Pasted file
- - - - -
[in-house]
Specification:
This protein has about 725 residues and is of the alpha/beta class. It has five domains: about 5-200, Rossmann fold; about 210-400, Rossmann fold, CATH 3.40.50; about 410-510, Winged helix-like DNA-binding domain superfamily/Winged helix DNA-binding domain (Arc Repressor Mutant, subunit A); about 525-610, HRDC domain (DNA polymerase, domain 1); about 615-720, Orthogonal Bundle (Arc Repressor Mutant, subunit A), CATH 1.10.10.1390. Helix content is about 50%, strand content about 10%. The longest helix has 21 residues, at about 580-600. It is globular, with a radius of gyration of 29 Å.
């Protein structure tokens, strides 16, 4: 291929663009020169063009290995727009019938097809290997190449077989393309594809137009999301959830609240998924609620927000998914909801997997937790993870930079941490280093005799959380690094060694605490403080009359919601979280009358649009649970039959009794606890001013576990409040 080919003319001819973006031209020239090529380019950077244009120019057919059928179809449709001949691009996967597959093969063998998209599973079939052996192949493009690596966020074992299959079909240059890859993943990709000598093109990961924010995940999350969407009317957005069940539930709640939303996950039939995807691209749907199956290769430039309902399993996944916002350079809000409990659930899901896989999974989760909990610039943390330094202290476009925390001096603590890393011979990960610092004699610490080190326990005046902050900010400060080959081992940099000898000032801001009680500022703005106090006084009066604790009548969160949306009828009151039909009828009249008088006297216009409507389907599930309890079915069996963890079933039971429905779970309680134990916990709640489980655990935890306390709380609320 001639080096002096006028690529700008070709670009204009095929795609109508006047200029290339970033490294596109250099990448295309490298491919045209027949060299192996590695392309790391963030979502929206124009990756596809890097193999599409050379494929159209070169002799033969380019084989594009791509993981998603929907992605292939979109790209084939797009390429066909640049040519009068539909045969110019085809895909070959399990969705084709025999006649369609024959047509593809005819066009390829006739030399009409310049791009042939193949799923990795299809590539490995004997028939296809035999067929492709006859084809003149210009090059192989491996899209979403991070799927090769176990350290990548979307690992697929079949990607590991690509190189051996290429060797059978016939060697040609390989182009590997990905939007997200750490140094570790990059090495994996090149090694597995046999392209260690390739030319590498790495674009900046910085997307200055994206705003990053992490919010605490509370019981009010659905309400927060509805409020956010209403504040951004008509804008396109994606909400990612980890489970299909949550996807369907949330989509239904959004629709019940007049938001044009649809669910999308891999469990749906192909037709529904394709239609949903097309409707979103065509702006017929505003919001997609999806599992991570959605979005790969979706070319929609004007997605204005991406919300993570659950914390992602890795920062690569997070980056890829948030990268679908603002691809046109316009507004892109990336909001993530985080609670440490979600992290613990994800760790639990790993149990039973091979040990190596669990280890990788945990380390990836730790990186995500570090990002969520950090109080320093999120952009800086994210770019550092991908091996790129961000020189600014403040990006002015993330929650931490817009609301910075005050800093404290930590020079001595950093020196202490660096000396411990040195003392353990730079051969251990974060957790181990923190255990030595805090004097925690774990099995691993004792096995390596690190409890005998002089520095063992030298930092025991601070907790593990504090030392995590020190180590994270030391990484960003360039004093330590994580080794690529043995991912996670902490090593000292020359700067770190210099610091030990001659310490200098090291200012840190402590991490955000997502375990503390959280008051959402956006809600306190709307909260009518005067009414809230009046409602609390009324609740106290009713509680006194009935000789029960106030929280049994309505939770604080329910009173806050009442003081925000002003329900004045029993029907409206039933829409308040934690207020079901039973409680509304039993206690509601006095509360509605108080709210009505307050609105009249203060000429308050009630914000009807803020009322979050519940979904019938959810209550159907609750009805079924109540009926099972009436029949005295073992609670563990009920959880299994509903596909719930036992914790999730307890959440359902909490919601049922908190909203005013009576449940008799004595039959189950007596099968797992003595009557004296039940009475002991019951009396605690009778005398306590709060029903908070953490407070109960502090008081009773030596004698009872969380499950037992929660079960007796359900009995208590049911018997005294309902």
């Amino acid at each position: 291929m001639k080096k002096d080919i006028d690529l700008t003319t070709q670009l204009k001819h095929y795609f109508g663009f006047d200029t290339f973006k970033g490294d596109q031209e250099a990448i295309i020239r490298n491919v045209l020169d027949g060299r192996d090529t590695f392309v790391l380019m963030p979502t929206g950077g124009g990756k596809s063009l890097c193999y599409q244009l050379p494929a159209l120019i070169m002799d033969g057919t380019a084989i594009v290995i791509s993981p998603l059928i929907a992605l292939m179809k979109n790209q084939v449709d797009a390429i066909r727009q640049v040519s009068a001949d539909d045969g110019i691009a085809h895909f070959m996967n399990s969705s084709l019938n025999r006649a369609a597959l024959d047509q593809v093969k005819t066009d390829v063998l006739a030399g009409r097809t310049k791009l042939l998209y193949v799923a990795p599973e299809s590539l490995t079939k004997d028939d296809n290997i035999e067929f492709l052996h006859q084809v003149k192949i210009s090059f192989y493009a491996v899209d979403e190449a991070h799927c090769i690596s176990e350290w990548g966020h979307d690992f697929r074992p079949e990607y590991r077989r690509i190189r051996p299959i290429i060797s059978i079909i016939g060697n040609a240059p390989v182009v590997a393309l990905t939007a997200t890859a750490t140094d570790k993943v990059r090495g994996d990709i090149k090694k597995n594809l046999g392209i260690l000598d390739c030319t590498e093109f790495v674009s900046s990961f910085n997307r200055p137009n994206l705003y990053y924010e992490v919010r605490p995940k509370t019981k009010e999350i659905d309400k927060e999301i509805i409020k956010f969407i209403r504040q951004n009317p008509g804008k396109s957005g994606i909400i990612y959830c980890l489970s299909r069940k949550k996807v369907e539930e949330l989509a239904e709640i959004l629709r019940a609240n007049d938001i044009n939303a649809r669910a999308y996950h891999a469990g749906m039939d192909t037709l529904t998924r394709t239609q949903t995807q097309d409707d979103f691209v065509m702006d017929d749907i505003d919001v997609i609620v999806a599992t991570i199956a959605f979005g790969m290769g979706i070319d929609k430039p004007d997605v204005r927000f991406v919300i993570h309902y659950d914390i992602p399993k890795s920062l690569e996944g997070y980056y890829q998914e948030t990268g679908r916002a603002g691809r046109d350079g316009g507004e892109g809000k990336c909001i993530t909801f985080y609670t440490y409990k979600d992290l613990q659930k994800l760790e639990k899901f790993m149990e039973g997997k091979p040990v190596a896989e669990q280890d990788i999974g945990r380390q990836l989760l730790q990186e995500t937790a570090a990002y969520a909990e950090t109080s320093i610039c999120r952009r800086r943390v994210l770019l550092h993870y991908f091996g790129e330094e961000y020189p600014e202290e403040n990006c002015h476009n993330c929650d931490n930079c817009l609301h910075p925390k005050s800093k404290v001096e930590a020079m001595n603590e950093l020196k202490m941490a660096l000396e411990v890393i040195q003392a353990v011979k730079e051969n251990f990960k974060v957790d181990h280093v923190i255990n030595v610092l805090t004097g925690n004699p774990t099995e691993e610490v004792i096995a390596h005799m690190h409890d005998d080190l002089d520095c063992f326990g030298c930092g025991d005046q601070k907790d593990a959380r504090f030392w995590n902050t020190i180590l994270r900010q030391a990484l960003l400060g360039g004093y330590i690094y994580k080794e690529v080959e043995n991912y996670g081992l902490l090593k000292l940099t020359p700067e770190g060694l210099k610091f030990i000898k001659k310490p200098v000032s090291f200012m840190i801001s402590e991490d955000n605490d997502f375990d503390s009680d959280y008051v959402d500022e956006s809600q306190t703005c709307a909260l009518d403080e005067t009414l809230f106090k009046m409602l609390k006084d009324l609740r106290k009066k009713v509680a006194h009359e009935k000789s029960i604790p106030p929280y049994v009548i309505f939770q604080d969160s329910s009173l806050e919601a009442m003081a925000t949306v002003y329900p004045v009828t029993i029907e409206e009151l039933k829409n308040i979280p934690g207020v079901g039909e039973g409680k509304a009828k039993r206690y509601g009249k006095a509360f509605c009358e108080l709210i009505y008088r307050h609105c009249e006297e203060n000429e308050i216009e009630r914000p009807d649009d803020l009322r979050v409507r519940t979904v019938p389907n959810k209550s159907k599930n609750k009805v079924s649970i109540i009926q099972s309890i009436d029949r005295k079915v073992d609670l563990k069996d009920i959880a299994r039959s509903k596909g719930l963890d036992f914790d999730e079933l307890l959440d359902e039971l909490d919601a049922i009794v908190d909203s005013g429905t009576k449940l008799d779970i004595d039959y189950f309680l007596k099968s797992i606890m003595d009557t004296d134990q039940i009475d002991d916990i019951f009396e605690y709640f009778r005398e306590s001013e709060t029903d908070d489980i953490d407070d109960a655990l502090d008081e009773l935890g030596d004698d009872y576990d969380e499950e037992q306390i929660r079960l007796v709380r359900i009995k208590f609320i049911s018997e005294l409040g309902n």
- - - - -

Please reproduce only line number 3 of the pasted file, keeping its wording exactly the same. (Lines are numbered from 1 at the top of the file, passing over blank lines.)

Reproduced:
This protein has about 725 residues and is of the alpha/beta class. It has five domains: about 5-200, Rossmann fold; about 210-400, Rossmann fold, CATH 3.40.50; about 410-510, Winged helix-like DNA-binding domain superfamily/Winged helix DNA-binding domain (Arc Repressor Mutant, subunit A); about 525-610, HRDC domain (DNA polymerase, domain 1); about 615-720, Orthogonal Bundle (Arc Repressor Mutant, subunit A), CATH 1.10.10.1390. Helix content is about 50%, strand content about 10%. The longest helix has 21 residues, at about 580-600. It is globular, with a radius of gyration of 29 Å.